'In the Fade'
Proving that film festivals are never short of artistically-mounted misery, ‘In the Fade’ arrives in TIFF after a successful and award-winning run at Cannes. Despite the deserved accolades, it’s not exactly a movie and that can or should be described as fun.
A morally ambiguous and gut-wrenchingly intimate examination of grief, loss, racism, addiction, terrorism, and cruelly inhumane systems of law, the film includes just about everything that bums out contemporary viewers, but examines that material with style and passion.
Diane Kruger (‘Inglorious Basterds’) stars in an absolutely remarkable performance as Katja, a young woman who loses her nearest and dearest in a Neo-Nazi terrorist attack. We’re given just enough of a glimpse of her family to appreciate their sincere and fragile beauty as a group. Then it’s all gone in a flash. It soon becomes clear that the murder was racially motivated. Between relapsing bouts of addiction, Katja slowly helps identify the culprits. She takes them to court and, well… to be honest, it’s unfair to discuss much of what happens from there. Suffice to say that it’s all deeply painful, but more importantly, it never quite plays out as you’d expect.
Written and directed by Faith Akin (‘Edge of Heaven’, ‘Goodbye Berlin’), ‘In the Fade’ is a challenging, draining and unpredictable effort. The filmmaker toys with a variety of morally ambiguous and challenging themes from a variety of angles. He has made a film about terrorism where the victims are Turkish and the killers are white. It’s a film about addiction where a relapse isn’t instant destruction, a film about the justice system where all the right moves fall the wrong way. This allows the filmmaker to poignantly explore familiar material from unfamiliar places, challenging viewers right up until the final unsettling frames. If that all sounds vague, it’s only for the sake of keeping the necessary secrets hidden.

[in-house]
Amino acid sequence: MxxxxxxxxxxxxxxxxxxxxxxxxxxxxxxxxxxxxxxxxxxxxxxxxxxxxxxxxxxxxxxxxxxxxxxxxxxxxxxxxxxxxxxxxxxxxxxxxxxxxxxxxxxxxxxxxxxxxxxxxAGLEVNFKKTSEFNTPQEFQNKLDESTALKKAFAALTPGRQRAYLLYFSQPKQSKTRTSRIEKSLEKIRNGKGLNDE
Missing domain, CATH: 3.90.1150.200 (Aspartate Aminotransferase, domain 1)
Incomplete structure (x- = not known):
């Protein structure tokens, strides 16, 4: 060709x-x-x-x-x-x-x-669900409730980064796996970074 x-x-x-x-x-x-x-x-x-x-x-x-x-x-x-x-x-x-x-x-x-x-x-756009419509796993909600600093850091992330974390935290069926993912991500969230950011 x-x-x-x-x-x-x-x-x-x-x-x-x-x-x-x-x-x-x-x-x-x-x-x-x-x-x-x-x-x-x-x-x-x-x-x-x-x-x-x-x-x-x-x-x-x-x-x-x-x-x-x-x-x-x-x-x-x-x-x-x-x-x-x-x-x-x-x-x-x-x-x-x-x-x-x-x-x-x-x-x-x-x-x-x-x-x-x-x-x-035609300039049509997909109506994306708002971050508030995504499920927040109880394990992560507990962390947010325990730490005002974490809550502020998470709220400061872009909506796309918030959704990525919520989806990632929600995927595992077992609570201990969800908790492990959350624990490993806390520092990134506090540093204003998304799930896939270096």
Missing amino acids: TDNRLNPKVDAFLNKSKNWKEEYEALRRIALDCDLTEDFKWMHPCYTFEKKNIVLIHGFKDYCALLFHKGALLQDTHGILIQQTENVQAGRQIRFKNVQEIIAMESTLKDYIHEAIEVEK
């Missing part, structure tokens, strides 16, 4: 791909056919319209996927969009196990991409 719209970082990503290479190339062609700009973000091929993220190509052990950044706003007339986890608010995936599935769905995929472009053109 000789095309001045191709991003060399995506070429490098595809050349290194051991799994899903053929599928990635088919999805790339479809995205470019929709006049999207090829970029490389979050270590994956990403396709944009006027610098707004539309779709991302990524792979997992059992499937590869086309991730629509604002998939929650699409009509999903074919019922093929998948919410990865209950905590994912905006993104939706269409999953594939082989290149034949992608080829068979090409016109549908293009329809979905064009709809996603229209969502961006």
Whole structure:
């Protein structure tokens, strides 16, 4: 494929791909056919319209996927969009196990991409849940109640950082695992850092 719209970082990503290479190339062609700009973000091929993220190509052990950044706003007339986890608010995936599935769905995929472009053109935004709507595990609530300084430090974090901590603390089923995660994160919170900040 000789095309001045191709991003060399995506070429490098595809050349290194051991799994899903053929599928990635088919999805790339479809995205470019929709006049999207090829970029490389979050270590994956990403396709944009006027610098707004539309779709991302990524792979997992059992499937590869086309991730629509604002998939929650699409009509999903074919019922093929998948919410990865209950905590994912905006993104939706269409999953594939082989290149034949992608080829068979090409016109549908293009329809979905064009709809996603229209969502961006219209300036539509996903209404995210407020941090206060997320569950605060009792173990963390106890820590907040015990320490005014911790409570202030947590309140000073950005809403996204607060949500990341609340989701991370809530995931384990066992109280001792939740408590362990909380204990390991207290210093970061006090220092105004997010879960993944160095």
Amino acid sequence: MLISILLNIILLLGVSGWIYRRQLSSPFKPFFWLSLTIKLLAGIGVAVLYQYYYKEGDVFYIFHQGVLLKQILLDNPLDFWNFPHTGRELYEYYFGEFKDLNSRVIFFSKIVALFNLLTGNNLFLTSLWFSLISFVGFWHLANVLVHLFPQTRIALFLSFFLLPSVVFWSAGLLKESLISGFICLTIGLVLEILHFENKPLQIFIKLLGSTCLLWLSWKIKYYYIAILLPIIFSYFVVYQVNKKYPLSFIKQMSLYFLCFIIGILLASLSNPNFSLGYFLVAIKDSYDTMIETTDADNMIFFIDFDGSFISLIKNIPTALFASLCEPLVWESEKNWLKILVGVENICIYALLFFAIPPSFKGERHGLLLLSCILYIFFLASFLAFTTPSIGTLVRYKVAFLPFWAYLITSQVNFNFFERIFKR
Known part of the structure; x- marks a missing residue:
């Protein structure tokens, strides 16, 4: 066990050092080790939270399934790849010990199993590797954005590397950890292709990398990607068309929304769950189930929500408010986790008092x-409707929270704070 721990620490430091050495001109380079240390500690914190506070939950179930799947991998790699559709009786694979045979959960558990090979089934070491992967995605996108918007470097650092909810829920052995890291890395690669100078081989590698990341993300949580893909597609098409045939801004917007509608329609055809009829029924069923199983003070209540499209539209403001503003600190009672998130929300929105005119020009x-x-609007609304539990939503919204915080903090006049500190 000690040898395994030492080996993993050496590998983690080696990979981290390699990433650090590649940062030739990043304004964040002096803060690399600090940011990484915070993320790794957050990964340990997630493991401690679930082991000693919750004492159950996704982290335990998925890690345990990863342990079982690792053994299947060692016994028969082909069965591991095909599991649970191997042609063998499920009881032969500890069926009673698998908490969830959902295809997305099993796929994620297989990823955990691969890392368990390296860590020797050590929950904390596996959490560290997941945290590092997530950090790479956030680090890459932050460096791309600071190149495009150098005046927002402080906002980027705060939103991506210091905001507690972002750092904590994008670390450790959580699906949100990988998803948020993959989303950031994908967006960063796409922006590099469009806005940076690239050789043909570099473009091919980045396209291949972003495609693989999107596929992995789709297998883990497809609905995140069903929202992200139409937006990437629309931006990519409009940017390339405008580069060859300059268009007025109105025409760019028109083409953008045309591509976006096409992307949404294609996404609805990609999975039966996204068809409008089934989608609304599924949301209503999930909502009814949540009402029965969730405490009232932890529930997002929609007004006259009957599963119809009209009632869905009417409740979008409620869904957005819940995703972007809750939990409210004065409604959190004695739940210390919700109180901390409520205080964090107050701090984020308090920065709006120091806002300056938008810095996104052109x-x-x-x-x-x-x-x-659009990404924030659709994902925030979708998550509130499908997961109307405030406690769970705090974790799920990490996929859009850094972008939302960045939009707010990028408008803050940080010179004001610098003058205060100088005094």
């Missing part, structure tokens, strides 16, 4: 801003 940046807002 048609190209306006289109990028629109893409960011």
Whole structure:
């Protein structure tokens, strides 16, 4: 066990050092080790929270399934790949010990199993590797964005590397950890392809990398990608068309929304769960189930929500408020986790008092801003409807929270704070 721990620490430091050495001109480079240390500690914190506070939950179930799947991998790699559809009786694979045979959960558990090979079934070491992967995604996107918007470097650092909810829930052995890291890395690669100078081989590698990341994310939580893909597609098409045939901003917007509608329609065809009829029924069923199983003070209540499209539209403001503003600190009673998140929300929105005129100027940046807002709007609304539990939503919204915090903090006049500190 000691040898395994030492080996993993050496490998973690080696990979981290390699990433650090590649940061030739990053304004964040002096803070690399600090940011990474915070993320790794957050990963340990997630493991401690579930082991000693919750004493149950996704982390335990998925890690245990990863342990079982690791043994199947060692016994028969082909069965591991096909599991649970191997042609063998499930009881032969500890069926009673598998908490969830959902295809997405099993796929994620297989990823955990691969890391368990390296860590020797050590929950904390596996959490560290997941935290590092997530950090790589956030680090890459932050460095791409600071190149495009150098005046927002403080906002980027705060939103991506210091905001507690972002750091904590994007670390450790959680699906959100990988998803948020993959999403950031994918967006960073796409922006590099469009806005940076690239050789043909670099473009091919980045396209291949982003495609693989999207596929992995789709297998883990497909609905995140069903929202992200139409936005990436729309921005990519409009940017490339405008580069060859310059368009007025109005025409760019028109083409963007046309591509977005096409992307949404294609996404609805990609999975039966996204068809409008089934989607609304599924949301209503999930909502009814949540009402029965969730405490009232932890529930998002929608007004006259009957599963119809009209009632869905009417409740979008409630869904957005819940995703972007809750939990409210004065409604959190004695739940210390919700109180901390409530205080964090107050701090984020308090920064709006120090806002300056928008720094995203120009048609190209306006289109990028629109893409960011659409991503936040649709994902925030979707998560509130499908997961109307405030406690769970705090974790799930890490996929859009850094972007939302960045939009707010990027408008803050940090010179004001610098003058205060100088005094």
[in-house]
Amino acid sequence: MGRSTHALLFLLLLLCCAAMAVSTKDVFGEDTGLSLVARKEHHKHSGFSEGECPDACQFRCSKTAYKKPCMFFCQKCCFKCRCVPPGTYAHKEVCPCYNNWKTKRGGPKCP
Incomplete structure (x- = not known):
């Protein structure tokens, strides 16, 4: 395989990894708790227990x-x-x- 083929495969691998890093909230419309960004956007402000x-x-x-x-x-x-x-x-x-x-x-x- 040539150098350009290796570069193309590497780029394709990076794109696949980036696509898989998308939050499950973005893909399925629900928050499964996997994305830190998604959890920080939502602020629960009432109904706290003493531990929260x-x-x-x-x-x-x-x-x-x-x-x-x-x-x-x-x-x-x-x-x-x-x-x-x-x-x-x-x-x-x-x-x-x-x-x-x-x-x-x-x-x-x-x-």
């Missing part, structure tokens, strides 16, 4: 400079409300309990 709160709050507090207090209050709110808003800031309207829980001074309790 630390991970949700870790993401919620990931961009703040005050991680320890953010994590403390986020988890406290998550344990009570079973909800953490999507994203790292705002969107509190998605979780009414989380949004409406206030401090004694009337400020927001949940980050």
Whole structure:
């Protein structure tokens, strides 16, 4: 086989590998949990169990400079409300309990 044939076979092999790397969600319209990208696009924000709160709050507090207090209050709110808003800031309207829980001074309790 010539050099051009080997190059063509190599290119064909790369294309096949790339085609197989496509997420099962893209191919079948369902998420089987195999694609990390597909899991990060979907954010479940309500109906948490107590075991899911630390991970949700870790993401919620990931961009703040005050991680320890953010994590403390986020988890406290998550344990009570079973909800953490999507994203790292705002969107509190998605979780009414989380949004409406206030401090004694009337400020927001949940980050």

There’s a lot going on and it’s all beautifully shot, constructed and crafted for heightened cinematic impact without sacrificing any naturalism from the actors. Kruger is in almost every frame and is stunning throughout, pushing herself to unimaginable emotional extremes and revealing so much while still keeping her fascinating character an unreachable mystery. She deserves the awards she’s won. ‘In the Fade’ is an art house depression factory worth all the misery involved. Although the movie drags at times and often feels like it’s pushing far too many buttons, it’s tough to shake when the credits roll.